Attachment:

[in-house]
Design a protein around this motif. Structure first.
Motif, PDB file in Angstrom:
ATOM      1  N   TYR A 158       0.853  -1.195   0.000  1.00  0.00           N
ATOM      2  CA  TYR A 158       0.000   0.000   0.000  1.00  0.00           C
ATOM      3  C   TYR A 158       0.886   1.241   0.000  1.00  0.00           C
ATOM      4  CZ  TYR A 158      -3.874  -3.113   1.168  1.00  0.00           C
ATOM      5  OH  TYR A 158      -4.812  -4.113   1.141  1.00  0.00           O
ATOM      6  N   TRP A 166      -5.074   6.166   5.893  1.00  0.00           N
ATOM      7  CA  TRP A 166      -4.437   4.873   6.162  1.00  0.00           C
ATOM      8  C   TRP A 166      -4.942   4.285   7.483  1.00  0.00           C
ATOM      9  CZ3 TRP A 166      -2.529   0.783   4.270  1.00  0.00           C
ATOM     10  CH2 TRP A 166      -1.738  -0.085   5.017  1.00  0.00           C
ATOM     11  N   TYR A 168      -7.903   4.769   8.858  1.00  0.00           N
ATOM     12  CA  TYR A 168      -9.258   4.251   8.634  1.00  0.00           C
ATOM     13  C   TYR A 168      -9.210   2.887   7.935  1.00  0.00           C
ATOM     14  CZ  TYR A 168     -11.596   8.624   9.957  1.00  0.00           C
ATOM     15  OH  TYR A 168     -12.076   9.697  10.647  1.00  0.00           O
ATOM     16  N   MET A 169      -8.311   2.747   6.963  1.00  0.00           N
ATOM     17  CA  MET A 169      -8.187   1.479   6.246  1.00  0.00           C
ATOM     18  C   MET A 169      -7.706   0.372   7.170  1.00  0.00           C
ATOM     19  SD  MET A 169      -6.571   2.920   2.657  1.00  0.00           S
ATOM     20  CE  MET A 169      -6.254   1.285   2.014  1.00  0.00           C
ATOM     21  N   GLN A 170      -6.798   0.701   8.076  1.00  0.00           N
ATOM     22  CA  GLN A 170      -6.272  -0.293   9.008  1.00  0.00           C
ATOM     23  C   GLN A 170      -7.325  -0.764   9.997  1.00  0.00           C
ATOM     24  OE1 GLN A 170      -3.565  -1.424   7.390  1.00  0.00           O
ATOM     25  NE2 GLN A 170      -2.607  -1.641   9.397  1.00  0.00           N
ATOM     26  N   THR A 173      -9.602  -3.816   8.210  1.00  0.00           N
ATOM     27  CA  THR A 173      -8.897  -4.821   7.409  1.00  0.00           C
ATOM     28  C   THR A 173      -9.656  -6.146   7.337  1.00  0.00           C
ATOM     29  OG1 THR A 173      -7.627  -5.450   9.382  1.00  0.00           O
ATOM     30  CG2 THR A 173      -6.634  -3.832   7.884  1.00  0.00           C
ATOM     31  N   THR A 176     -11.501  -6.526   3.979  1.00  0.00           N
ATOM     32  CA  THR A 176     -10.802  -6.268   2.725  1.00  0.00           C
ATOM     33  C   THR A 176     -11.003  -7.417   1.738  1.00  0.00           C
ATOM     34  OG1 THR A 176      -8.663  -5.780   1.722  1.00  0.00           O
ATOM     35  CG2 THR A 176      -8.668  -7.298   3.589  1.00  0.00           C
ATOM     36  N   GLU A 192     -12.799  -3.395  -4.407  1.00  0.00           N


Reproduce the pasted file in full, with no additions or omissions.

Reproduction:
[in-house]
Design a protein around this motif. Structure first.
Motif, PDB file in Angstrom:
ATOM      1  N   TYR A 158       0.853  -1.195   0.000  1.00  0.00           N
ATOM      2  CA  TYR A 158       0.000   0.000   0.000  1.00  0.00           C
ATOM      3  C   TYR A 158       0.886   1.241   0.000  1.00  0.00           C
ATOM      4  CZ  TYR A 158      -3.874  -3.113   1.168  1.00  0.00           C
ATOM      5  OH  TYR A 158      -4.812  -4.113   1.141  1.00  0.00           O
ATOM      6  N   TRP A 166      -5.074   6.166   5.893  1.00  0.00           N
ATOM      7  CA  TRP A 166      -4.437   4.873   6.162  1.00  0.00           C
ATOM      8  C   TRP A 166      -4.942   4.285   7.483  1.00  0.00           C
ATOM      9  CZ3 TRP A 166      -2.529   0.783   4.270  1.00  0.00           C
ATOM     10  CH2 TRP A 166      -1.738  -0.085   5.017  1.00  0.00           C
ATOM     11  N   TYR A 168      -7.903   4.769   8.858  1.00  0.00           N
ATOM     12  CA  TYR A 168      -9.258   4.251   8.634  1.00  0.00           C
ATOM     13  C   TYR A 168      -9.210   2.887   7.935  1.00  0.00           C
ATOM     14  CZ  TYR A 168     -11.596   8.624   9.957  1.00  0.00           C
ATOM     15  OH  TYR A 168     -12.076   9.697  10.647  1.00  0.00           O
ATOM     16  N   MET A 169      -8.311   2.747   6.963  1.00  0.00           N
ATOM     17  CA  MET A 169      -8.187   1.479   6.246  1.00  0.00           C
ATOM     18  C   MET A 169      -7.706   0.372   7.170  1.00  0.00           C
ATOM     19  SD  MET A 169      -6.571   2.920   2.657  1.00  0.00           S
ATOM     20  CE  MET A 169      -6.254   1.285   2.014  1.00  0.00           C
ATOM     21  N   GLN A 170      -6.798   0.701   8.076  1.00  0.00           N
ATOM     22  CA  GLN A 170      -6.272  -0.293   9.008  1.00  0.00           C
ATOM     23  C   GLN A 170      -7.325  -0.764   9.997  1.00  0.00           C
ATOM     24  OE1 GLN A 170      -3.565  -1.424   7.390  1.00  0.00           O
ATOM     25  NE2 GLN A 170      -2.607  -1.641   9.397  1.00  0.00           N
ATOM     26  N   THR A 173      -9.602  -3.816   8.210  1.00  0.00           N
ATOM     27  CA  THR A 173      -8.897  -4.821   7.409  1.00  0.00           C
ATOM     28  C   THR A 173      -9.656  -6.146   7.337  1.00  0.00           C
ATOM     29  OG1 THR A 173      -7.627  -5.450   9.382  1.00  0.00           O
ATOM     30  CG2 THR A 173      -6.634  -3.832   7.884  1.00  0.00           C
ATOM     31  N   THR A 176     -11.501  -6.526   3.979  1.00  0.00           N
ATOM     32  CA  THR A 176     -10.802  -6.268   2.725  1.00  0.00           C
ATOM     33  C   THR A 176     -11.003  -7.417   1.738  1.00  0.00           C
ATOM     34  OG1 THR A 176      -8.663  -5.780   1.722  1.00  0.00           O
ATOM     35  CG2 THR A 176      -8.668  -7.298   3.589  1.00  0.00           C
ATOM     36  N   GLU A 192     -12.799  -3.395  -4.407  1.00  0.00           N